To Walk Upright: Jacob's Reflections on Behar-Bechukotai

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To Walk Upright: Reflections on Behar-Bechukotai
by Jacob Cytryn, Director

A well-known section of this week's double parashahBehar-Bechukotai, is the shorter תוכחה / tochechah / rebuke, a list of punishments God will mete out against the Israelites should they fail to uphold their end of the covenantal bargain - namely, abiding by the commandments. In the last verse before the tochechah begins (26:13), we read:

.אני ה' אלקיכם אשר הוצאתי אתכם מארץ מצרים מהיות להם עבדים, ואשבור מוטות עולכם ואולך אתכם קוממיות

Ani adonai eloheichem asher hotzeiti etchem me’eretz mitzrayim mih’yot lahem avadim’ va’eshbor motot ul’chem va’oleich etchem komamiyut.

I am Adonai your God, who brought you out of Egypt so that you are no longer slaves to them; I broke the bars of your yoke and enabled you to walk upright.

I call our attention to the bolded phrase because it includes a word that we utilize at camp all the time – 9 times a week – but that only appears in the entire Hebrew Bible once, right here. Such words, appearing once in a given body of literature, are called, using a fancy Greek phrase meaning “having been read only once,” hapax legomena.

The authors of our liturgy were clearly taken by the vivid imagery here at the end of Vayikra / Leviticus, with some of God’s most flowery language of promise and goodness to the Israelites.  Specifically, I imagine this vision of God enabling us to walk with our heads held high resonated with a diaspora community that was often the subject of persecution.

Before the recitation of the morning Sh’ma, in a phrase we often hear at camp and elsewhere appropriately sung to the tune of HaTikvah, we read ותוליכנו קוממיות לארצינו / v’tolicheinu kom’miyut l’artzeinu / and God will enable us to walk upright to our land.   And, in the full Birkat Hamazon (blessing after eating) which we recite at camp at least twice over each Shabbat, we read a more complete echo of the verse, with an allusion first to God who “breaks the yokes on our necks” and then יוליכינו קוממיות לארצינו / yolicheinu kom’miyut l’artzeinu / will enable us to walk upright to our land.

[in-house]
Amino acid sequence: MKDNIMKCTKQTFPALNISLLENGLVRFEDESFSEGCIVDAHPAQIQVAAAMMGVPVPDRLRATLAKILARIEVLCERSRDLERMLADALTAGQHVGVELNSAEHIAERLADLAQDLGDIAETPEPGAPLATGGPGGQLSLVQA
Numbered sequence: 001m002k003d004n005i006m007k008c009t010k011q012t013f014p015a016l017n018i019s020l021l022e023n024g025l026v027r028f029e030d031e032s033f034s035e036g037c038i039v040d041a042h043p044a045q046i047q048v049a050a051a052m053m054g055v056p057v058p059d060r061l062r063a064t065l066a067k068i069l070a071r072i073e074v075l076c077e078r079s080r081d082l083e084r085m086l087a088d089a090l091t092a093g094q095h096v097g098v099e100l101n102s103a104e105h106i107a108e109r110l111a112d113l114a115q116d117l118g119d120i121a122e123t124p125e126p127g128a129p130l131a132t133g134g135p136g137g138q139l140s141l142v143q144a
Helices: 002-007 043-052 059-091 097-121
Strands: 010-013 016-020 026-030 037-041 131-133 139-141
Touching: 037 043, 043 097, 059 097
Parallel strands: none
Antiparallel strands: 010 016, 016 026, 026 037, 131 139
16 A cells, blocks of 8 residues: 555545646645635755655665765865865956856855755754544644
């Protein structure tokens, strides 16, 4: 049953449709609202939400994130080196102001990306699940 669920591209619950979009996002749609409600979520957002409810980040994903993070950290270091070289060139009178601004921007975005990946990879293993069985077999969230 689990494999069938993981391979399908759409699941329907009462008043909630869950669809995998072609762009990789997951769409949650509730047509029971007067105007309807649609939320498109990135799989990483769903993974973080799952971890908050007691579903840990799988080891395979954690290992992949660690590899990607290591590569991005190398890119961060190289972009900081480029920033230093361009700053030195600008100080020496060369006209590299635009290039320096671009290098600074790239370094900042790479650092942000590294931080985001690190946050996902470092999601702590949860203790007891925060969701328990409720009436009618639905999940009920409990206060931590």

They are the same image: one tied to God’s sustenance of us, a sustenance which the Torah and Birkat Hamazon directly connect to the bounty of the Land of Israel; and the other to God’s love for us in the final acknowledgment of God before reciting the Sh’ma.  In the Torah, however, the image is not tied directly to the Land of Israel but rather to God accompanying us on our journey with our heads held high.

I have not done the research to know if the word kom’miyut, or something like it, became much more popular in the post-Biblical period preceding and during which these core prayers were written.  What is striking to me each year when I hear this verse read is how familiar the language feels when the Biblical author does not mention it anywhere else.

In preparation for reciting the Sh’ma, when I chant this first I sit up straight, tangibly acknowledging God’s loving wish for us to be proud of who we are as God’s people.

At camp we work to cultivate the connection to Israel that the liturgy emphasizes.  Even more, I think, we actually capture the beauty of the Biblical metaphor itself: having God in our lives allows us to live without yokes on our necks, without Egyptian task masters behind us.  Instead, God walks alongside us as we hold our heads up.  So too at camp we know that the extra bounce our campers have in their step, the renewed confidence and sense of themselves that transforms them during the summer and stays with them throughout the year, is a result of the work we do to engender pride in themselves, a sense of being the subject of and participant in a caring community, and doing so in a way that weds character education with the richness of Jewish culture and tradition.

Shabbat Shalom.